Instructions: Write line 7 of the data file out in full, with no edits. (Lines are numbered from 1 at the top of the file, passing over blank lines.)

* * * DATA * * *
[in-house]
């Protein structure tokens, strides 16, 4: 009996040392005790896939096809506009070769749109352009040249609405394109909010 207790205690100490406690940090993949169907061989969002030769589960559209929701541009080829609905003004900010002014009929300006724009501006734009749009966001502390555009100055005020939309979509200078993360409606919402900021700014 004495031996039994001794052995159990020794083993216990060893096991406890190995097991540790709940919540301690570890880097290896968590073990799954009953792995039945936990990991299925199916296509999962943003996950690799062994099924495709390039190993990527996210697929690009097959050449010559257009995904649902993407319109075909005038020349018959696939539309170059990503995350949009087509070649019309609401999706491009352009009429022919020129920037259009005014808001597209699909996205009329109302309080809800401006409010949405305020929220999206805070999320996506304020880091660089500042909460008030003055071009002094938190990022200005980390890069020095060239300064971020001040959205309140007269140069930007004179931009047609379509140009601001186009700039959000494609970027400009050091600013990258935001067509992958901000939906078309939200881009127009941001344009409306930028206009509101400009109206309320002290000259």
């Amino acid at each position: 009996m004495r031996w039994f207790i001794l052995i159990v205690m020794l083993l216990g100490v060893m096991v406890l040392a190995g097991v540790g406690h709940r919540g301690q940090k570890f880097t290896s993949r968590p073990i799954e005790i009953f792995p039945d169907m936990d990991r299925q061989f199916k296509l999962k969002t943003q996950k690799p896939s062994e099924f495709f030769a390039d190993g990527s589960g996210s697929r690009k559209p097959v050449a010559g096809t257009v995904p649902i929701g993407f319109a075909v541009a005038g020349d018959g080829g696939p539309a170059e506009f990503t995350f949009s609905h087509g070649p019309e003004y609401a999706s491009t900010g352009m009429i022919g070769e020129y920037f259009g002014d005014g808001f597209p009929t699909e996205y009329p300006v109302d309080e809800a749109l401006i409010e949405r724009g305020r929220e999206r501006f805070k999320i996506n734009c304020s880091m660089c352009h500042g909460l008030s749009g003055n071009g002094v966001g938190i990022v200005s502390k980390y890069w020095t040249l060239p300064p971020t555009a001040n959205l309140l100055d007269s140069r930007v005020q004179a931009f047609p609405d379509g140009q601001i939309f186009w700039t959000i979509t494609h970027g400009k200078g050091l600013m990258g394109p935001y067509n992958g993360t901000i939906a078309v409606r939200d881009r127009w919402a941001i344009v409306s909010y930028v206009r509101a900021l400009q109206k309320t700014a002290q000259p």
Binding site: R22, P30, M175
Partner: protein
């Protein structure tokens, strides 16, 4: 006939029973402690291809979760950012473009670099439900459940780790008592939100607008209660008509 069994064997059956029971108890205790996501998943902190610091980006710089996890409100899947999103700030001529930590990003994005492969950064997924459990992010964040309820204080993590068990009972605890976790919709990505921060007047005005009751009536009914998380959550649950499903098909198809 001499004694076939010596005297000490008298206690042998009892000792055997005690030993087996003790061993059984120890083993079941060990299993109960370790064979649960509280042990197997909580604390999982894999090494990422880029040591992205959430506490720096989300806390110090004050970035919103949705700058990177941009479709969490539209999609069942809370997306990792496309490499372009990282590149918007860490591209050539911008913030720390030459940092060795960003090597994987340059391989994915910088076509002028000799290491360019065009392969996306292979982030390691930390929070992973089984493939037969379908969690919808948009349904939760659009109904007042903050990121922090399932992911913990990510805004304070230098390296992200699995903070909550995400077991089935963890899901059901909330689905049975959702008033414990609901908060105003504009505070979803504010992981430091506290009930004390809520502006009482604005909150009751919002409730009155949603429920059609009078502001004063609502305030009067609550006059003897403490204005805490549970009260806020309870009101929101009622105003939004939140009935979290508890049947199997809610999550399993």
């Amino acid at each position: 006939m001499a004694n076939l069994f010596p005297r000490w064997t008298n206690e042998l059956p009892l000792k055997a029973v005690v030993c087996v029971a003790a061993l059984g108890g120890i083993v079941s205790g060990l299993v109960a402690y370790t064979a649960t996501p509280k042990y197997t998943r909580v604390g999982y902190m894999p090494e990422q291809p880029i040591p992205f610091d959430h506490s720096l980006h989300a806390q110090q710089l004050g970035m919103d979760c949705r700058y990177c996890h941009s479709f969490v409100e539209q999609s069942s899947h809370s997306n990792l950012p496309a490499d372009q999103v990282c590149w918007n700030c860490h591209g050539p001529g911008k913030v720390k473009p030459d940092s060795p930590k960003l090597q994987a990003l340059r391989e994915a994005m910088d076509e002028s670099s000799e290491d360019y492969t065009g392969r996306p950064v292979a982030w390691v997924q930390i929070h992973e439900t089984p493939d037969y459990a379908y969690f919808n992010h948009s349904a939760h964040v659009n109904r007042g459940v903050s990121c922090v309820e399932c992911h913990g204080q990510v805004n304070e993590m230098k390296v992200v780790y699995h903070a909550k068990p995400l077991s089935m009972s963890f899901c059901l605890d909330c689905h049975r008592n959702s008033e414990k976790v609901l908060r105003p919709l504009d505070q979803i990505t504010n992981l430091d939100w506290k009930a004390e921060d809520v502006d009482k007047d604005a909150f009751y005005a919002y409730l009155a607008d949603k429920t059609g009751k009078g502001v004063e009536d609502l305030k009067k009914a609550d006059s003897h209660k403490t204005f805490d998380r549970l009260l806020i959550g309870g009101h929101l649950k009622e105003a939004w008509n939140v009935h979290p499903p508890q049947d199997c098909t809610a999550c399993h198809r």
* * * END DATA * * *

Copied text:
């Amino acid at each position: 006939m001499a004694n076939l069994f010596p005297r000490w064997t008298n206690e042998l059956p009892l000792k055997a029973v005690v030993c087996v029971a003790a061993l059984g108890g120890i083993v079941s205790g060990l299993v109960a402690y370790t064979a649960t996501p509280k042990y197997t998943r909580v604390g999982y902190m894999p090494e990422q291809p880029i040591p992205f610091d959430h506490s720096l980006h989300a806390q110090q710089l004050g970035m919103d979760c949705r700058y990177c996890h941009s479709f969490v409100e539209q999609s069942s899947h809370s997306n990792l950012p496309a490499d372009q999103v990282c590149w918007n700030c860490h591209g050539p001529g911008k913030v720390k473009p030459d940092s060795p930590k960003l090597q994987a990003l340059r391989e994915a994005m910088d076509e002028s670099s000799e290491d360019y492969t065009g392969r996306p950064v292979a982030w390691v997924q930390i929070h992973e439900t089984p493939d037969y459990a379908y969690f919808n992010h948009s349904a939760h964040v659009n109904r007042g459940v903050s990121c922090v309820e399932c992911h913990g204080q990510v805004n304070e993590m230098k390296v992200v780790y699995h903070a909550k068990p995400l077991s089935m009972s963890f899901c059901l605890d909330c689905h049975r008592n959702s008033e414990k976790v609901l908060r105003p919709l504009d505070q979803i990505t504010n992981l430091d939100w506290k009930a004390e921060d809520v502006d009482k007047d604005a909150f009751y005005a919002y409730l009155a607008d949603k429920t059609g009751k009078g502001v004063e009536d609502l305030k009067k009914a609550d006059s003897h209660k403490t204005f805490d998380r549970l009260l806020i959550g309870g009101h929101l649950k009622e105003a939004w008509n939140v009935h979290p499903p508890q049947d199997c098909t809610a999550c399993h198809r």